Day of surgery

Having a clear idea of what to expect can help you feel more comfortable on the day of your surgery. 

Surgeons operate out of different hospitals and your surgeon’s office will provide information about where your surgery is taking place and when you will need to arrive.

Surgery to remove the uterus or ovaries will typically require you to stay in hospital for 1–2 days.  

Before you arrive

The day before surgery, a nurse from the hospital’s Admitting Department will call to confirm the time of your surgery. It’s a good idea to leave a few minutes earlier than you need to, so you arrive on time.

Follow the instructions from your surgeon and the surgical booking office regarding bathing and when to stop eating, drinking or taking medications.

Pack high quality masks that you can wear throughout your stay to reduce the risk of infection. Coughing after surgery can cause complications and infections can slow down postoperative healing. You can also request that your health care providers wear a mask while they are caring for you.

Checking in

When you check in at the surgical centre, you’ll get a wristband with the name and gender found on your BC Services Card A BC Services Card is government-issued ID. You can use it as photo ID to verify your identity or age. If you're enrolled in MSP, it provides access to health services. It can be combined with your driver's license. . If this is different from the name or gender you prefer to use, ask for a “Name Alert” wristband with your correct name and pronouns. You can also ask for this information to be put on the front of your chart.

Once you’re checked in

You’ll be taken to either a room or a curtained area with a hospital bed where a nurse will share next steps with you. They’ll give you a hospital gown to change into, a basket to hold your belongings and possibly some medication. You will be given some privacy to change into a hospital gown. The surgeon may visit you, do some assessments and review what to expect from the procedure.

Going to the operating room

When it’s time for your surgery to begin, the nurses will help you onto the surgical table, put on a blood pressure cuff and attach some monitors. The surgeon may ask you to confirm your name and the procedure you are receiving and the anesthesiologist will talk you through the process of going under anesthesia.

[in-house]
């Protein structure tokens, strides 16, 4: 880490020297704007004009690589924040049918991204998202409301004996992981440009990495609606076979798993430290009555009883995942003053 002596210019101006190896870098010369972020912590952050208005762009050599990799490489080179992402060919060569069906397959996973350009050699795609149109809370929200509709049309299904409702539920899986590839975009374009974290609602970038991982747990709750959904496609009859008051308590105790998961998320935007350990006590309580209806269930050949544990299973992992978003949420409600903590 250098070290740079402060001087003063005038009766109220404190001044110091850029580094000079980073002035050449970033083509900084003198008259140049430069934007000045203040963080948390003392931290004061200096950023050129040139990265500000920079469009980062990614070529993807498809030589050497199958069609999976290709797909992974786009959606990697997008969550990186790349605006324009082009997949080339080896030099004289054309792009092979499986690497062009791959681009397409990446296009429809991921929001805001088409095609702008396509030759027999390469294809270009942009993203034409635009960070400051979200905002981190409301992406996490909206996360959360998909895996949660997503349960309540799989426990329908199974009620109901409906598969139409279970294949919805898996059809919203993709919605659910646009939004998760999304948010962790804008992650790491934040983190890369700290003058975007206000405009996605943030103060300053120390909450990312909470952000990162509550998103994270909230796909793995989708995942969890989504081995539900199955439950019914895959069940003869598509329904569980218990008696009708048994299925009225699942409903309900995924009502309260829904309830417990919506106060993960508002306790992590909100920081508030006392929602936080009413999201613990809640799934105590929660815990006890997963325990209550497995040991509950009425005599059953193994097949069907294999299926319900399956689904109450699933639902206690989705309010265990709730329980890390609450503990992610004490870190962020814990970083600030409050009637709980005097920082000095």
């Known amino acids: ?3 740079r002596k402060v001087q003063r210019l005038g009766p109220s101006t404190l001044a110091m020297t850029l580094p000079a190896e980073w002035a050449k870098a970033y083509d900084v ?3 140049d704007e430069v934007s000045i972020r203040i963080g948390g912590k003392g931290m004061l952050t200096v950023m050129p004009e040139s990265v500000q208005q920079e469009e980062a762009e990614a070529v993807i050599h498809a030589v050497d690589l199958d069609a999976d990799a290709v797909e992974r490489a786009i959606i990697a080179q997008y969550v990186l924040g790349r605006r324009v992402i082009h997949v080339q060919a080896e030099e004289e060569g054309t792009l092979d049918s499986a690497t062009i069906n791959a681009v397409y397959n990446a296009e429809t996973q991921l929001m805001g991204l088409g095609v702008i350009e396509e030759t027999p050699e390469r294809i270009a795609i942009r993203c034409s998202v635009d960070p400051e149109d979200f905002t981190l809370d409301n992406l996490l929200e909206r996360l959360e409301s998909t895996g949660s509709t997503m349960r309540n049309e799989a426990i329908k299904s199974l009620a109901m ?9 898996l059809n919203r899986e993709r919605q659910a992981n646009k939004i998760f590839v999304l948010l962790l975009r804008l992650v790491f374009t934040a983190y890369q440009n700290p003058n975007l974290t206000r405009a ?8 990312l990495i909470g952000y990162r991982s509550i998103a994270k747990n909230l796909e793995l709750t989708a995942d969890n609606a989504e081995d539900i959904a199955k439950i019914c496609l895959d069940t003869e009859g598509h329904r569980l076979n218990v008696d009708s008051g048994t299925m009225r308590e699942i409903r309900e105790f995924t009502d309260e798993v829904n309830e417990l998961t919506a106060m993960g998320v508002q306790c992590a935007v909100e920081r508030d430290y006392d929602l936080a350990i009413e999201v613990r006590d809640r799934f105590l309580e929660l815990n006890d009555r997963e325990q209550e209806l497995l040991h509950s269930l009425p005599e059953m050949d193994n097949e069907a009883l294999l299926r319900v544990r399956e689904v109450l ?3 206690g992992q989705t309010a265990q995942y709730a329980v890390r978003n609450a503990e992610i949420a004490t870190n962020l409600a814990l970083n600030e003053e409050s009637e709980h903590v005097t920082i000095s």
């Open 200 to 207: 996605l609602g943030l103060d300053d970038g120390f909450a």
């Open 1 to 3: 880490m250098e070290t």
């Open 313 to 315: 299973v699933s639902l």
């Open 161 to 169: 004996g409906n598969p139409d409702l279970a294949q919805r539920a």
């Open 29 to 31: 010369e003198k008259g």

Once the anesthesia has put you to sleep, the surgeon will begin the procedure.

Immediately after the surgery

Once the surgery is finished, you’ll be taken to a recovery area, where nurses will monitor you closely until the anesthesia wears off. 

When you wake up, you may have a urinary catheter A thin, flexible tube that is inserted into the body to remove fluids from or introduce fluids into a specific area, like the bladder or bloodstream. These tubes are also used in some procedures to keep passages open. to help drain urine from your bladder — this is often removed within the first 24 hours after surgery. It is normal to feel groggy at this time.If you request it, nurses will also call your support people with an update.

You will be taken back to your hospital room and the nurses will help you get settled. They will continue to monitor you, help you with pain management and talk to you about your bandages and drains Thin tubes placed in the body during surgery to remove excess fluid or blood. if you have them. You may need help to get out of bed and walk around or go to the washroom. Make sure to ask the nurses for help.

Once you’re settled, your friends and family can visit you.

After your surgery, you will stay in the hospital for 1–2 days. After that, you will be discharged home or to your local temporary accommodations.

Getting home after the surgery

After surgery, you won’t be able to drive so you’ll need someone 18 years or older to escort you back to your home or accommodations. You’ll also need someone to supervise you for 24 hours following surgery. 

If you do not have someone to escort you after surgery, Hospital Transfers may be a good option to help you get home or to your accommodation. 

Need support?

Contact our team of experienced health navigators for information about gender-affirming care in B.C.